[83] The same block structure is used for all user types while varying their allotted water budgets. Five rate blocks are assigned in relationship to the water budget: the first block rate holds for up to 60% of the allotted water budget, the second block is 61% to 100%, the third block is 101% to 150%, the fourth block is 151% to 200%, and the last block is for volumes greater than 200%; the same structure is used year round (summer use typically falls into the fourth or fifth blocks). Rates are set by block: Block 2, the “base rate, is set at $2.50 per 1000 gals., Block 4 is three times the base rate, and Block 5 is five times the base rate. The Boulder water utility reports that 2007 rates achieve nearly proportionate sharing of costs by volume of consumer type. (See Updated water revenue and use totals, January through December 2007, http://ci.boulder.co.us).

[84] The water budget method is still a form of IBR in that blocks require parameterization for price levels and percentages of water budget. The same shortcomings of IBR hold for the water budget: it does not guarantee that supply costs will be exactly covered or that a target supply level will be met. A Boulder conservation group cautions: “Reductions in water consumption and the new rate increase plan can create infrastructure budget deficits long term but in the short run it should create windfall revenue increases until conservation takes hold. What is Boulder going to do with these collection windfalls?…” (http://www.boulderflycasters.org/reelnews/2007/feb/index.htm).

## 6. Contexts for Variable Unit Pricing

[85] For a municipal utility, VUP pricing rules can be used directly by the government agency that supplies water. For a contractual arrangement with a private supplier, pricing rules could be defined as part of the arrangement. However, since the unit pricing formulas result in zero profit, an additional management fee would be required for a private utility to operate. Specifying the pricing rule for a private utility is similar to a regulatory agency setting rules such as an allowed rate of return or a pricing cap. (*Loehman* [2004] discussed the economic organization implications of variable unit pricing in more detail.)

[86] An important context for variable unit pricing is planning for integrated water resource management (IWRM) and water demand management (WDM). Water demand management refers to conservation on the demand side as an alternative to more costly supply expansion. IWRM refers to a participatory planning process to determine how best to meet society's long-term water needs while maintaining essential ecological services (What is integrated water resources Management?, http://www.usaid.gov/, 2006). Drought planning is another context in which communities develop conservation and management plans and rules for low water supply.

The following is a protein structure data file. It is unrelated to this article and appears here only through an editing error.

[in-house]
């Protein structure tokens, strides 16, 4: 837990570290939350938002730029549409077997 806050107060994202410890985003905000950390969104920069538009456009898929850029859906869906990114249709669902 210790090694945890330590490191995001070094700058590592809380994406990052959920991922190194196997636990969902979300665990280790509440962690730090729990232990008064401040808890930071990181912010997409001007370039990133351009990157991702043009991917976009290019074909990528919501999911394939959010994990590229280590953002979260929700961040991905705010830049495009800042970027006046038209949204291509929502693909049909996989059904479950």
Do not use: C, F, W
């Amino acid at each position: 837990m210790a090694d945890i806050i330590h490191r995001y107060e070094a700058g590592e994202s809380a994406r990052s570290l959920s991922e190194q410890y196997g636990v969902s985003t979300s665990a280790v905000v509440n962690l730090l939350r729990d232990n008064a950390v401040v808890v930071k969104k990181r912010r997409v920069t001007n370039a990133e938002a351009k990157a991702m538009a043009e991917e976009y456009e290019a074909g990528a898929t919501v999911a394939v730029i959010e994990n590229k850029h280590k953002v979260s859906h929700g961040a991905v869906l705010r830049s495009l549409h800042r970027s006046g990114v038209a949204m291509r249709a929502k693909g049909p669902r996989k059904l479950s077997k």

[87] In response to prolonged drought with reduced supply or to reduce excessive groundwater pumping, a supply limit could be set as an alternative to seeking costly new supplies. Then, variable unit pricing would help to ensure that costs would be covered while providing incentives for meeting the supply limit. Because VUP is formula driven in terms of cost and capacity/limits, alternative scenarios could be readily translated by planners into pricing implications.

[88] One principle of IWRM is public involvement. Deliberation is more specific: reasoned discussion among citizens that leads to an agreement that is acceptable to all. Deliberation is being applied to the management of water utilities; see the examples of *Flynn and Boudouris* [2005] and the Municipal Plan of the Township of Centre Wellington in Ontario Canada (www.beyondapipedream.com). Deliberation among citizens served by a water utility can help to make socially acceptable decisions about capacity expansion versus setting limits. By comparing alternative costs, supply levels, and pricing implications, citizens could determine whether they would be willing to pay more to increase supply, or to pay less while facing supply limits.